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Increasing vitamin K intake may stabilize anticoagulation in patients using warfarin

Guylaine Ferland
Guylaine Ferland

Among patients with thromboembolic disease treated with warfarin, increased consumption of foods containing vitamin K may improve anticoagulant stability, according to findings presented at the American Society for Nutrition Annual Nutrition Science Meeting.

According to the study background, guidelines call for patients on warfarin to keep vitamin K consumption consistent, which often leads to limiting vitamin K intake.

Guylaine Ferland, PhD, and colleagues investigated whether increased dietary vitamin K intake by 150 µg or more per day improved anticoagulation stability of warfarin-treated patients with a history of INR instability.

“All warfarin-treated patients would benefit from increasing their daily vitamin K intake,” Ferland, a professor of nutrition at the University of Montreal and a scientist at the Montreal Heart Institute Research Centre, said in a press release. “That said, given the direct interaction between dietary vitamin K and the action of the drug, it is important that (higher) daily vitamin K intakes be as consistent as possible.”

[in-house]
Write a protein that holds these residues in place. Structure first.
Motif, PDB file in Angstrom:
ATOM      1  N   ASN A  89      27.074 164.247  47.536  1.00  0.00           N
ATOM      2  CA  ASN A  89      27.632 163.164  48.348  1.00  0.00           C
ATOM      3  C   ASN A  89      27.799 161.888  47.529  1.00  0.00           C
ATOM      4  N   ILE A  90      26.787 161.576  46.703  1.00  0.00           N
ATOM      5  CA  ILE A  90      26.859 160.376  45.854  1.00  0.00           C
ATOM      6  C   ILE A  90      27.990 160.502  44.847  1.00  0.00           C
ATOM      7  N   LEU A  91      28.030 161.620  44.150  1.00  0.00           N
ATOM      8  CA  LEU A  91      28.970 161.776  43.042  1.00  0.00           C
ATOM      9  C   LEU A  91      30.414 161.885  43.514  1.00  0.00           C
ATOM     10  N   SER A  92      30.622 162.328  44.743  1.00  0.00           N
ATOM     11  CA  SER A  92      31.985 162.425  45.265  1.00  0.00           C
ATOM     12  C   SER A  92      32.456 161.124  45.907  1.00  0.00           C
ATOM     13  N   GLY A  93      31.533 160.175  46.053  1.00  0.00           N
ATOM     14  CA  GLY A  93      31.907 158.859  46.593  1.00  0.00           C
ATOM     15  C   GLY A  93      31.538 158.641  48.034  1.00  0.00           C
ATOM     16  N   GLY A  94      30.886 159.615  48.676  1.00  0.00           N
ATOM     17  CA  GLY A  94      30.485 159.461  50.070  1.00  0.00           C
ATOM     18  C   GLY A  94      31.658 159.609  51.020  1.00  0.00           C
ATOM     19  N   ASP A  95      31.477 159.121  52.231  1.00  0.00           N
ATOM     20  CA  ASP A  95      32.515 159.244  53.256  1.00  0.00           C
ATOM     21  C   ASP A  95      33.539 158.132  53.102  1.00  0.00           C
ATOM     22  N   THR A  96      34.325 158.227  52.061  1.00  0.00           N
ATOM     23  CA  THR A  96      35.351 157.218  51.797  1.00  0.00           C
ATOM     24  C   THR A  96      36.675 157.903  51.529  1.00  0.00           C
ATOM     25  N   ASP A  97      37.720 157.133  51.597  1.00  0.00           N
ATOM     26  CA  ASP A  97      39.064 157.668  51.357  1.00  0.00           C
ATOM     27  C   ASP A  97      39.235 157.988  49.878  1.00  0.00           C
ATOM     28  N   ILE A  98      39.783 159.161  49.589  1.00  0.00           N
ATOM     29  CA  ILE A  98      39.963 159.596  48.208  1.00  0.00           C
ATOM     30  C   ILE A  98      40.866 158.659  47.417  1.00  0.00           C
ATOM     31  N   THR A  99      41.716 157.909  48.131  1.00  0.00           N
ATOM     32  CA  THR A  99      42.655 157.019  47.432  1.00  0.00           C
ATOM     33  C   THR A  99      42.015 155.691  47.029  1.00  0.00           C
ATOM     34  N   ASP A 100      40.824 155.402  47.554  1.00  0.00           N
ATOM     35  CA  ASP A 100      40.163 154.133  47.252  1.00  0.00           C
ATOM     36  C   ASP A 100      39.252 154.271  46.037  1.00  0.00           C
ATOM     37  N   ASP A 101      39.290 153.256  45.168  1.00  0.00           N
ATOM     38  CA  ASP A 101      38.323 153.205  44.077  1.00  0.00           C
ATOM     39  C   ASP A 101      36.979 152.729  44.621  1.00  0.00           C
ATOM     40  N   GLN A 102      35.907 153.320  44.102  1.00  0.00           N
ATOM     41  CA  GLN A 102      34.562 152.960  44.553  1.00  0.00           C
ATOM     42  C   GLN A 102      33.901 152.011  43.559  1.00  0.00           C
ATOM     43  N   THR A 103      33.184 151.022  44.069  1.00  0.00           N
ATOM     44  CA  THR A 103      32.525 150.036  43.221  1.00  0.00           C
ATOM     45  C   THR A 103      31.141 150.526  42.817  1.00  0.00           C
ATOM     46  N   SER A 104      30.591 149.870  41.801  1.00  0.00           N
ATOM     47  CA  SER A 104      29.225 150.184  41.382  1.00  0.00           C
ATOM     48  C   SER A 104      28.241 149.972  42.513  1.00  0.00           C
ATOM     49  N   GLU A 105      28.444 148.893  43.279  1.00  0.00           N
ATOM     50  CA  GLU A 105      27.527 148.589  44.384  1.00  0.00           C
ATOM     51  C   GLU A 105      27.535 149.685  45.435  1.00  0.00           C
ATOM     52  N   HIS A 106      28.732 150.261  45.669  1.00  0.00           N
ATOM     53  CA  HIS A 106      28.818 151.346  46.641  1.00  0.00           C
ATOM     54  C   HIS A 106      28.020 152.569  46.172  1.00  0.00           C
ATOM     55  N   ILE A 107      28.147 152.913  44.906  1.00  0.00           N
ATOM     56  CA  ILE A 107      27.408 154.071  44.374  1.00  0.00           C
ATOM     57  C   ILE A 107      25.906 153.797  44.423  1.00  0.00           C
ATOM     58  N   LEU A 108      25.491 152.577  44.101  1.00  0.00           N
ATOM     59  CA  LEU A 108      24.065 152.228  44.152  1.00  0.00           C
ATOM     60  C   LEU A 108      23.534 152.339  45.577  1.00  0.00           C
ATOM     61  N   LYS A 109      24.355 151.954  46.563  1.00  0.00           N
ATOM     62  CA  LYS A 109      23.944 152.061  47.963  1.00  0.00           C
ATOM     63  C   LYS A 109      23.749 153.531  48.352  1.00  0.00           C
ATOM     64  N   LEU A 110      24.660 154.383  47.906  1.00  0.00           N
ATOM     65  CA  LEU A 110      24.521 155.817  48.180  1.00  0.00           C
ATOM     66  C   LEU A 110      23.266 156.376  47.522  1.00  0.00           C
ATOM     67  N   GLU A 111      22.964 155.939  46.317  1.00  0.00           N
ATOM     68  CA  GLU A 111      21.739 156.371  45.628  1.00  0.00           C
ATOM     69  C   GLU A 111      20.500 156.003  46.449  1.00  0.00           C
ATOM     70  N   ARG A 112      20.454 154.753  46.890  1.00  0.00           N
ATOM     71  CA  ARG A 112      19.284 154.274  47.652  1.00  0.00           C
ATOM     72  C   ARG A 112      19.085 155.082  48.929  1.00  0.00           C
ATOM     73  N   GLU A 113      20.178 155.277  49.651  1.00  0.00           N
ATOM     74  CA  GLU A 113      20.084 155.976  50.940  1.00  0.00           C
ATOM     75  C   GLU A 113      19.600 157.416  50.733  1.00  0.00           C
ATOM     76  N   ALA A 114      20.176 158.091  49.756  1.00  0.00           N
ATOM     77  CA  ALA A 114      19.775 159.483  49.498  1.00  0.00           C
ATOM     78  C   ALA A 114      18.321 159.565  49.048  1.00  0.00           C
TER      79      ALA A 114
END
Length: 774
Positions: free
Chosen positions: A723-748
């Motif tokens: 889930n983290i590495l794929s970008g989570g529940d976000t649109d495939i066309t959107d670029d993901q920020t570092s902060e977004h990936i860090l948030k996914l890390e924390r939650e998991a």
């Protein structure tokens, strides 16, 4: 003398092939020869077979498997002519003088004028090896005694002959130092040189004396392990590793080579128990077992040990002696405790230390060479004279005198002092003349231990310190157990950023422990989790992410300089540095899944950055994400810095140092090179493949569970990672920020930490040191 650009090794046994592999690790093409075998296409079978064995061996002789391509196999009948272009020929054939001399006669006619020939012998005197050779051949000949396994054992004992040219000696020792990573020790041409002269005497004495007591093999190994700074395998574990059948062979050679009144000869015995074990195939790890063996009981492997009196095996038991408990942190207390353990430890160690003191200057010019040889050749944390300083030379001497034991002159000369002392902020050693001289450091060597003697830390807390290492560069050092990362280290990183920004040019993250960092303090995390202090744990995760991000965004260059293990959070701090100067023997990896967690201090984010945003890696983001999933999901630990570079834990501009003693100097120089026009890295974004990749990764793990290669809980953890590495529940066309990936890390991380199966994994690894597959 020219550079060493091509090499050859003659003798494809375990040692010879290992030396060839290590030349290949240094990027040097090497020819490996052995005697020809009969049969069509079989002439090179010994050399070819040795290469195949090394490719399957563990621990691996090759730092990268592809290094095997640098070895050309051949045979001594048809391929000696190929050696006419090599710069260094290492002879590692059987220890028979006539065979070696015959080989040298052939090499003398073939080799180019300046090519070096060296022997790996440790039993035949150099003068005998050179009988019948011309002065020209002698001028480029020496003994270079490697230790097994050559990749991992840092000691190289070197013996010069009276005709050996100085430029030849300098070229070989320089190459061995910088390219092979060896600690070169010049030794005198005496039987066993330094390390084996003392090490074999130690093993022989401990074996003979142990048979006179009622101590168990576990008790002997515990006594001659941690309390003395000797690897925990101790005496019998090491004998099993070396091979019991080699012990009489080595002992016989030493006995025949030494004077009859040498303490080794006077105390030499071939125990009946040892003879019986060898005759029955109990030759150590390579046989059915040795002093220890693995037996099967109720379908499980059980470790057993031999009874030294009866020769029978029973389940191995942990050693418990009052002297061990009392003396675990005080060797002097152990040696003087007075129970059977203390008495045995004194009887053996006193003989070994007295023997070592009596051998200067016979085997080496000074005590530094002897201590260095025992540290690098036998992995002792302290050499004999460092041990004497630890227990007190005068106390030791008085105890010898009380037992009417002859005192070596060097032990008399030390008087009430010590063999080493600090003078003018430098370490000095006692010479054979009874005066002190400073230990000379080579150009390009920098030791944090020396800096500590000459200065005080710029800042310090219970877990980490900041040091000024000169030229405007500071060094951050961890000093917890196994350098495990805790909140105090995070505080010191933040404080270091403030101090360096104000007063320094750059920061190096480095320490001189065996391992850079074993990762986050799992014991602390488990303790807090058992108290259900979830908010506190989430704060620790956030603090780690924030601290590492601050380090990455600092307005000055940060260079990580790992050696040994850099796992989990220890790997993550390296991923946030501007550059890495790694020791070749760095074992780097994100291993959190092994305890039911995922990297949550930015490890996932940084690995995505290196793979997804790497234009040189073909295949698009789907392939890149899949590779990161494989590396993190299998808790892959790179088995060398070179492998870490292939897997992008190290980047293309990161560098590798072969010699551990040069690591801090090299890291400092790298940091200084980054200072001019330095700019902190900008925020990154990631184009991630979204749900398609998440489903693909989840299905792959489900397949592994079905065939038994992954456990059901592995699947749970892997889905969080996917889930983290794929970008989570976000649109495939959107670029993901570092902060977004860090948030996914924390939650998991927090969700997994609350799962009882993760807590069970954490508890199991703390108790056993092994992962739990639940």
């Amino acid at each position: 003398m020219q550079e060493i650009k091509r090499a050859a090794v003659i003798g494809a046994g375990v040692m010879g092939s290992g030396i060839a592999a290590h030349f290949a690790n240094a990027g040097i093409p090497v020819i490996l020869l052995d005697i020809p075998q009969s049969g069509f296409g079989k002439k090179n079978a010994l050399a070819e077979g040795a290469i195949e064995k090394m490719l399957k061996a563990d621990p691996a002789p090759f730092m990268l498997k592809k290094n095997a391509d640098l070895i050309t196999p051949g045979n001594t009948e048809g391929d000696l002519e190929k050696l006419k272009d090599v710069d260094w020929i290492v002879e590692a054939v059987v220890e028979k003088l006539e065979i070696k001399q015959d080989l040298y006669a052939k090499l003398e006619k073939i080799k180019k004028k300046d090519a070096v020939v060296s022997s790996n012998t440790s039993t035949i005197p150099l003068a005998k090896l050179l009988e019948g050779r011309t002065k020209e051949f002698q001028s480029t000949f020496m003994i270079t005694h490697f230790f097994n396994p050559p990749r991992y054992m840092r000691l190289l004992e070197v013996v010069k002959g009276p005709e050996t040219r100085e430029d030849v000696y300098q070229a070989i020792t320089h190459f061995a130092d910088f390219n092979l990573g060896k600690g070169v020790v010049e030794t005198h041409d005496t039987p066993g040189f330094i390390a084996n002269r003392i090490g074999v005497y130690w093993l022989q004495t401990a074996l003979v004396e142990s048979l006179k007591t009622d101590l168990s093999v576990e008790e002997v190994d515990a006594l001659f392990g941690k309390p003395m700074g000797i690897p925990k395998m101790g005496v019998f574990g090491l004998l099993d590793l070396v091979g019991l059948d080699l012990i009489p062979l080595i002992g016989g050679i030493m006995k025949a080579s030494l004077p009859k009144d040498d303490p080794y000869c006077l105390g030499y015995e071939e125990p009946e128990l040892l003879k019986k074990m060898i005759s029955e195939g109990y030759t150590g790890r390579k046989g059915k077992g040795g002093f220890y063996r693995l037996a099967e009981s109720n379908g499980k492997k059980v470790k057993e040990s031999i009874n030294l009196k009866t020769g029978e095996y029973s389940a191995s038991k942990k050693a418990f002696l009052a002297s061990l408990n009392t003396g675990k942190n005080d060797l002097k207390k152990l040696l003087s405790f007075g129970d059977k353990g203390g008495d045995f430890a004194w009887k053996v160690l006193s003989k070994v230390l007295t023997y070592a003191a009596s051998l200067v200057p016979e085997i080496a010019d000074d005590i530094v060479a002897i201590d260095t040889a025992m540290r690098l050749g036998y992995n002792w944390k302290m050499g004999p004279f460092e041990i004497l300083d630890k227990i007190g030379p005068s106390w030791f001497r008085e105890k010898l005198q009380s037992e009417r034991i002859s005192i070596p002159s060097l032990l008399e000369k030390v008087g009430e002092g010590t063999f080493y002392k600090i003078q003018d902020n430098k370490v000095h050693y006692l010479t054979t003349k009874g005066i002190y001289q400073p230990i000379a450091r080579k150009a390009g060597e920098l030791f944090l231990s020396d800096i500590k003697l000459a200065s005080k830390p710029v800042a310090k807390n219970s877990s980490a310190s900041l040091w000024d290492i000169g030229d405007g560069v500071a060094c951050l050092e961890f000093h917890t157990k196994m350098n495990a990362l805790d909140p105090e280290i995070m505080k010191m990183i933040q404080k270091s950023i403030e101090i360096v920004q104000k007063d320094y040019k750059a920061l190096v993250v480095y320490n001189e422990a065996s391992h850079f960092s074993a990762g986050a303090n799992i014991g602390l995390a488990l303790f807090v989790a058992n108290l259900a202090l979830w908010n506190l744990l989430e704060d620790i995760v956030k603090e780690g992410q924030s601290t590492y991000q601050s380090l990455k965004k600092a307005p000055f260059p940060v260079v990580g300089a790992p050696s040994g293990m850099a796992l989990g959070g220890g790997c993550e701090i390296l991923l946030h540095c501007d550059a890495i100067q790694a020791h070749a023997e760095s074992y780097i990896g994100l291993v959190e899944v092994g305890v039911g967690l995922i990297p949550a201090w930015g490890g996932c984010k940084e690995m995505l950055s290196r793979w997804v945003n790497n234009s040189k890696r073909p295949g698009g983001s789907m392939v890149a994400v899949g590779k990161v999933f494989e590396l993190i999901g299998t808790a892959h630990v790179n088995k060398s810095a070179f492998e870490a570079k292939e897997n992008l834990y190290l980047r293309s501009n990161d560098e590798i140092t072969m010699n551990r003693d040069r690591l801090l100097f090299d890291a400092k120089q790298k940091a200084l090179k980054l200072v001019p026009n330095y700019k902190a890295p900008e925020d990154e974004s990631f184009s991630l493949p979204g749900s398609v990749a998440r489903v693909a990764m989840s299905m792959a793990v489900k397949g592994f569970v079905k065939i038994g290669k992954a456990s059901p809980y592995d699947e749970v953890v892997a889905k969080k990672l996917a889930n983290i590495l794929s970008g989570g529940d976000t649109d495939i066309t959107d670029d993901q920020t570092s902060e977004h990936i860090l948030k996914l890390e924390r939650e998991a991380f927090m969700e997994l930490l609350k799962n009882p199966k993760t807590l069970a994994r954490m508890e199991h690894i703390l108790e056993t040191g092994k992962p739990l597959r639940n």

The researchers conducted a 24-week randomized controlled trial at two centers.

Main inclusion criteria included anticoagulation for more than 6 months with a target INR range of 2 to 3 or 2.5 to 3.5 and a time in therapeutic range (TTR) 60%  or less in the previous 6 months, Ferland and colleagues wrote in an abstract.

The patients in the intervention group received dietary counsel to increase vitamin K intake by approximately 150 µg per day through recipes, cooking strategies and specific food choices, the researchers wrote. In the control group, patients received general dietary information of similar intensity.

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Among patients with thromboembolic disease treated with warfarin, increased consumption of foods containing vitamin K may improve anticoagulant stability.

Ferland and colleagues monitored warfarin therapy by weekly INR.